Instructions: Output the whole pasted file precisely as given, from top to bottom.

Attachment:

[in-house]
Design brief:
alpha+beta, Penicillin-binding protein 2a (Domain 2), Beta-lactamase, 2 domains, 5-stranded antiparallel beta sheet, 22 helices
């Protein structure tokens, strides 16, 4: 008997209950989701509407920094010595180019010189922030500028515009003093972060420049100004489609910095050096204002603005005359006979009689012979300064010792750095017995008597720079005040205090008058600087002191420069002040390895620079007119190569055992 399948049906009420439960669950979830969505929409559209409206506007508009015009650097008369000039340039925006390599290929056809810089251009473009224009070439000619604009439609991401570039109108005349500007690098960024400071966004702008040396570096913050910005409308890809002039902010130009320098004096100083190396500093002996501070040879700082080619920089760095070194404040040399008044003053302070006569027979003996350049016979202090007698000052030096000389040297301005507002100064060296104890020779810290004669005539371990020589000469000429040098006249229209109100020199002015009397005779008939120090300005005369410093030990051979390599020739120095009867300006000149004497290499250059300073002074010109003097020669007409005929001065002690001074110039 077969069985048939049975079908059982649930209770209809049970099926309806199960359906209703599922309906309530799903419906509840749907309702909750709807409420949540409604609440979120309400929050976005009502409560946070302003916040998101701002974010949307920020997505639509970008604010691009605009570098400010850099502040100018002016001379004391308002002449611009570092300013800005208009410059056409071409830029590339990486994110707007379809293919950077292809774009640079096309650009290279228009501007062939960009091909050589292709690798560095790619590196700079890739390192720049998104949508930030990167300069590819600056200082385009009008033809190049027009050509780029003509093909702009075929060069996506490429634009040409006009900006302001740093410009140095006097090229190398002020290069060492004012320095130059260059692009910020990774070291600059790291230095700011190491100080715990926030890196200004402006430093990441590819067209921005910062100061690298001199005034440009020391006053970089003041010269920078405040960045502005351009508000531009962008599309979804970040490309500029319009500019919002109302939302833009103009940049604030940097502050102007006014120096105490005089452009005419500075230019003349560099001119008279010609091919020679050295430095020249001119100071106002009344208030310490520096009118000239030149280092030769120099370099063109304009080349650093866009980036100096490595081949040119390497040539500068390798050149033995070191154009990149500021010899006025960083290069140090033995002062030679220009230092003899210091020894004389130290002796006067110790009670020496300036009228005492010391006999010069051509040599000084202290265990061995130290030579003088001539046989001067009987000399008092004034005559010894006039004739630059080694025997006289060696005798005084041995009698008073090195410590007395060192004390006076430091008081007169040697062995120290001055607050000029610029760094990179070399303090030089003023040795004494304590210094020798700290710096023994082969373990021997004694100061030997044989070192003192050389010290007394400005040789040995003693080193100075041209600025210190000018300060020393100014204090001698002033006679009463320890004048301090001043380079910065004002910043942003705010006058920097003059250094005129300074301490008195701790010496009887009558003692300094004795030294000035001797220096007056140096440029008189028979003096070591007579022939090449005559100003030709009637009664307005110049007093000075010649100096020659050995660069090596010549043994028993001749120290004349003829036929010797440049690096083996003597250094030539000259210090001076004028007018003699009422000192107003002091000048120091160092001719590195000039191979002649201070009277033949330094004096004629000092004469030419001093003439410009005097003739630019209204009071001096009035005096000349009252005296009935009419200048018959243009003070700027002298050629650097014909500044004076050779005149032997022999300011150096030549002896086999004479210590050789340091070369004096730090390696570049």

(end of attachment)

[in-house]
Design brief:
alpha+beta, Penicillin-binding protein 2a (Domain 2), Beta-lactamase, 2 domains, 5-stranded antiparallel beta sheet, 22 helices
């Protein structure tokens, strides 16, 4: 008997209950989701509407920094010595180019010189922030500028515009003093972060420049100004489609910095050096204002603005005359006979009689012979300064010792750095017995008597720079005040205090008058600087002191420069002040390895620079007119190569055992 399948049906009420439960669950979830969505929409559209409206506007508009015009650097008369000039340039925006390599290929056809810089251009473009224009070439000619604009439609991401570039109108005349500007690098960024400071966004702008040396570096913050910005409308890809002039902010130009320098004096100083190396500093002996501070040879700082080619920089760095070194404040040399008044003053302070006569027979003996350049016979202090007698000052030096000389040297301005507002100064060296104890020779810290004669005539371990020589000469000429040098006249229209109100020199002015009397005779008939120090300005005369410093030990051979390599020739120095009867300006000149004497290499250059300073002074010109003097020669007409005929001065002690001074110039 077969069985048939049975079908059982649930209770209809049970099926309806199960359906209703599922309906309530799903419906509840749907309702909750709807409420949540409604609440979120309400929050976005009502409560946070302003916040998101701002974010949307920020997505639509970008604010691009605009570098400010850099502040100018002016001379004391308002002449611009570092300013800005208009410059056409071409830029590339990486994110707007379809293919950077292809774009640079096309650009290279228009501007062939960009091909050589292709690798560095790619590196700079890739390192720049998104949508930030990167300069590819600056200082385009009008033809190049027009050509780029003509093909702009075929060069996506490429634009040409006009900006302001740093410009140095006097090229190398002020290069060492004012320095130059260059692009910020990774070291600059790291230095700011190491100080715990926030890196200004402006430093990441590819067209921005910062100061690298001199005034440009020391006053970089003041010269920078405040960045502005351009508000531009962008599309979804970040490309500029319009500019919002109302939302833009103009940049604030940097502050102007006014120096105490005089452009005419500075230019003349560099001119008279010609091919020679050295430095020249001119100071106002009344208030310490520096009118000239030149280092030769120099370099063109304009080349650093866009980036100096490595081949040119390497040539500068390798050149033995070191154009990149500021010899006025960083290069140090033995002062030679220009230092003899210091020894004389130290002796006067110790009670020496300036009228005492010391006999010069051509040599000084202290265990061995130290030579003088001539046989001067009987000399008092004034005559010894006039004739630059080694025997006289060696005798005084041995009698008073090195410590007395060192004390006076430091008081007169040697062995120290001055607050000029610029760094990179070399303090030089003023040795004494304590210094020798700290710096023994082969373990021997004694100061030997044989070192003192050389010290007394400005040789040995003693080193100075041209600025210190000018300060020393100014204090001698002033006679009463320890004048301090001043380079910065004002910043942003705010006058920097003059250094005129300074301490008195701790010496009887009558003692300094004795030294000035001797220096007056140096440029008189028979003096070591007579022939090449005559100003030709009637009664307005110049007093000075010649100096020659050995660069090596010549043994028993001749120290004349003829036929010797440049690096083996003597250094030539000259210090001076004028007018003699009422000192107003002091000048120091160092001719590195000039191979002649201070009277033949330094004096004629000092004469030419001093003439410009005097003739630019209204009071001096009035005096000349009252005296009935009419200048018959243009003070700027002298050629650097014909500044004076050779005149032997022999300011150096030549002896086999004479210590050789340091070369004096730090390696570049």